Fifteenth day of the eight lunar month.
Also called the Moon Cake Festival, China’s harvest festival is an occasion to scoff these sweet treats. The cakes, made of a thin dough shell containing fillings such jelly, dates and nuts or red bean paste, start appearing everywhere a month before the celebration.
If they’re not sick of the snacks by the time of the event, celebrants eat them within view of the real star of the festival: the moon. Held on the September full moon, during the autumn equinox, the tradition is about observing the transition of the seasons. In Japan, one of the other Asian countries where faces turn to the night sky, people even climb onto rooftops to get closer to the moon.
This is China’s most important shindig after its New Year celebrations, so it’s not all stargazing. Participants eat pomeloes (Chinese grapefruit) and drape the rinds on their heads, do fire-dragon dances, carry lanterns and hang them from towers. Incense is burnt for the lunar goddess Chang’e, who, they believe, lives on the moon with a jade rabbit. Sometimes called the Lantern Festival, the night should not be confused with the lantern fest at the end of Chinese New Year.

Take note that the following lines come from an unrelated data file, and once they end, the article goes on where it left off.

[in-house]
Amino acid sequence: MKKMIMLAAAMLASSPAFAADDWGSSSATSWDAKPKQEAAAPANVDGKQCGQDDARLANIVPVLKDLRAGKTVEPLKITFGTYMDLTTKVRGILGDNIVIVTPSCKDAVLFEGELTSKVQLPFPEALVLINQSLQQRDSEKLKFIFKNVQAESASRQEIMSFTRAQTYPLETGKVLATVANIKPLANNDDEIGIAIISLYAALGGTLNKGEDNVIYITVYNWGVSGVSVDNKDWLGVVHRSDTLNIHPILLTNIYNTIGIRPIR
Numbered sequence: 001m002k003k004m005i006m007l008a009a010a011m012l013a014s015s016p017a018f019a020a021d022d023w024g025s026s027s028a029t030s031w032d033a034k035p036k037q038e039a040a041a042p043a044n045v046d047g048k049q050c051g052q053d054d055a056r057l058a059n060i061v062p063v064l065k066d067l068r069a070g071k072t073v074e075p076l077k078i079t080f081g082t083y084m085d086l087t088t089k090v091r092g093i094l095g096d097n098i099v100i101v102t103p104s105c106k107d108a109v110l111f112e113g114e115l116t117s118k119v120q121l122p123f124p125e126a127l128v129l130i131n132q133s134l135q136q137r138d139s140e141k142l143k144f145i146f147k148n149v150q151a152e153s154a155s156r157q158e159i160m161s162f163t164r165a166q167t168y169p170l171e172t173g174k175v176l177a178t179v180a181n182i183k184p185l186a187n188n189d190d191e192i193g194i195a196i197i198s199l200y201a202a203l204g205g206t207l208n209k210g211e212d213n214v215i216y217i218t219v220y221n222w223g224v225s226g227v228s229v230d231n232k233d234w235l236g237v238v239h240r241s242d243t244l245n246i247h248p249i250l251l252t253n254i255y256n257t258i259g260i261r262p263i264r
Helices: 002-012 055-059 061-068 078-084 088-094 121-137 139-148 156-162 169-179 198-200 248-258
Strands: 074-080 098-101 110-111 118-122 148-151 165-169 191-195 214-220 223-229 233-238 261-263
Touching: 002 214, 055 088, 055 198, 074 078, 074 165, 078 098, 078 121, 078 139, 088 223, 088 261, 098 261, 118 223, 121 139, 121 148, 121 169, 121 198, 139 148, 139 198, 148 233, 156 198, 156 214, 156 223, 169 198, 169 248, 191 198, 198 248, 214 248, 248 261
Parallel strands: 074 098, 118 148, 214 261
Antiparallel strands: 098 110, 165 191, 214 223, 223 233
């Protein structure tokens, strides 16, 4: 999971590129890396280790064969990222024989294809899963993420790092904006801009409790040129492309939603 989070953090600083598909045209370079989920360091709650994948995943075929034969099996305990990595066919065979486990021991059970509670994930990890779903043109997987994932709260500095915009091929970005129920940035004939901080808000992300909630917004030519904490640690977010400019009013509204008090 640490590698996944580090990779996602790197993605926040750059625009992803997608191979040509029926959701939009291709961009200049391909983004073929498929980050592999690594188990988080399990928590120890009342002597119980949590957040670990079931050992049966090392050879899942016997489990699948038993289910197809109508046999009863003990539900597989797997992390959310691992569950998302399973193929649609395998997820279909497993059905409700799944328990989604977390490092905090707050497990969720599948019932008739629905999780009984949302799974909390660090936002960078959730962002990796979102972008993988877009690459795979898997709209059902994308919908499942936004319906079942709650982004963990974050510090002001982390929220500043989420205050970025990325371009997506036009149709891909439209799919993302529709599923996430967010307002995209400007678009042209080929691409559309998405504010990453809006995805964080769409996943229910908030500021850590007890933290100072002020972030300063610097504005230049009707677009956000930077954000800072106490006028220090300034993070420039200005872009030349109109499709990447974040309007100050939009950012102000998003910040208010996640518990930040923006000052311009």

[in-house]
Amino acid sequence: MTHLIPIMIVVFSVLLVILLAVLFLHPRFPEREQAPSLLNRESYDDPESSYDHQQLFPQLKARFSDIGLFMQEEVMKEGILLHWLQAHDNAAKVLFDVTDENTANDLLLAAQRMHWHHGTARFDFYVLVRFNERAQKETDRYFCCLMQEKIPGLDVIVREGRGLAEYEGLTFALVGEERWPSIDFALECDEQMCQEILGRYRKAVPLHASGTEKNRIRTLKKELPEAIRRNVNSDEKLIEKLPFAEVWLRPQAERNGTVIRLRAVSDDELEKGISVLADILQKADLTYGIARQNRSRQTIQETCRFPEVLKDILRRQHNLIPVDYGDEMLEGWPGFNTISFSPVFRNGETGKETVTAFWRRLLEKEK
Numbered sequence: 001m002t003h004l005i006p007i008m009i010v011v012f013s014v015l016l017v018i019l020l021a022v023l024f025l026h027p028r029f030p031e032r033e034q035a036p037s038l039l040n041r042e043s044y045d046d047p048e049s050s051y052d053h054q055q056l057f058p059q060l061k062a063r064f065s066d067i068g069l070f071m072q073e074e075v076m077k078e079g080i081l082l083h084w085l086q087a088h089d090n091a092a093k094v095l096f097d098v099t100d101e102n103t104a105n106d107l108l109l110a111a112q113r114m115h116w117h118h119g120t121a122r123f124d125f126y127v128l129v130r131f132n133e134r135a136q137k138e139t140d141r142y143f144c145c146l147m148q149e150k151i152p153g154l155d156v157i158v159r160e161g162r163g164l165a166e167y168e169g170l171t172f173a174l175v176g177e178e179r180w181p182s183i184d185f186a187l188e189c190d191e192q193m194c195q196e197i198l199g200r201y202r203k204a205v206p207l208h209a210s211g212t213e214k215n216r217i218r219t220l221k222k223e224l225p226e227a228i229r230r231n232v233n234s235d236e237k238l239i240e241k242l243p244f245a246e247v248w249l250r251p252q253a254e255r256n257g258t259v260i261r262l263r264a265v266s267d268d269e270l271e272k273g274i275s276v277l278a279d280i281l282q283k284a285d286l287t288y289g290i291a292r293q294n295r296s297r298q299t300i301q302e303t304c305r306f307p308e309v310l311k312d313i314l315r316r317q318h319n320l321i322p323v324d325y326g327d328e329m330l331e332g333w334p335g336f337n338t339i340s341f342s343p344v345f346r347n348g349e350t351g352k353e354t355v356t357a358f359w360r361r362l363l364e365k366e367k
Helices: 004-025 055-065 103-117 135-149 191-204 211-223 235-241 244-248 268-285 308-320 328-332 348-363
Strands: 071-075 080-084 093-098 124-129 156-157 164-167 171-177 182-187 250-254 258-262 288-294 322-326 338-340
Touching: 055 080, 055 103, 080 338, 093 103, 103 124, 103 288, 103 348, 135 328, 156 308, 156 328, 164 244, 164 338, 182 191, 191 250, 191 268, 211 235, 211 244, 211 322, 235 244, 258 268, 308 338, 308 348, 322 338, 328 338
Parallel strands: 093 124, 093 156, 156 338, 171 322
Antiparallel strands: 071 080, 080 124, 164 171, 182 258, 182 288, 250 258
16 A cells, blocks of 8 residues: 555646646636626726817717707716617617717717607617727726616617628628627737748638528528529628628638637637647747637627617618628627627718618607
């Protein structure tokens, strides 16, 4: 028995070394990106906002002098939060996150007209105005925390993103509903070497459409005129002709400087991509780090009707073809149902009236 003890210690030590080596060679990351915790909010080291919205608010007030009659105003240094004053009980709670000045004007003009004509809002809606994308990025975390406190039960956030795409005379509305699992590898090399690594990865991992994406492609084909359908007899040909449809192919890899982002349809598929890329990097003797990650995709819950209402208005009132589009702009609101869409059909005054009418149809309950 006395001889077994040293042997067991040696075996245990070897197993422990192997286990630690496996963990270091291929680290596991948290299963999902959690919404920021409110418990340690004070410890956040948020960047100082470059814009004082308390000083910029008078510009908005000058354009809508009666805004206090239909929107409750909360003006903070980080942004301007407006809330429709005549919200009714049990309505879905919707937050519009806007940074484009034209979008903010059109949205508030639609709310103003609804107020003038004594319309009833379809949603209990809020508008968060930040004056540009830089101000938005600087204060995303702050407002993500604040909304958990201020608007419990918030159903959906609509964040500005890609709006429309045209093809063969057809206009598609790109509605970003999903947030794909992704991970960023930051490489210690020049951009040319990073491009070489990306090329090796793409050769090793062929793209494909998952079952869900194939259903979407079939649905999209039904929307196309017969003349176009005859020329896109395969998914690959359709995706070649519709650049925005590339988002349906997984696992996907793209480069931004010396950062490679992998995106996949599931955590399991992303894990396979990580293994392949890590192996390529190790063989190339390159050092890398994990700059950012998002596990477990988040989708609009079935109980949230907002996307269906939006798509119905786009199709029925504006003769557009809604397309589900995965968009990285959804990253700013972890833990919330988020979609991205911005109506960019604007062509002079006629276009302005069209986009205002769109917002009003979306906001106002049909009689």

2 – gaze at the woman in the moon.
Pack a hamper of moon cakes.
A popular moon-watching spot is the city of Hangzhou, where three candlelit towers stand in West Lake.
More Info: Mid-Autumn Festival website
Find out where, when and how to experience Chung Yuan, the Hungry Ghost Festival in China, during the seventh lunar month.
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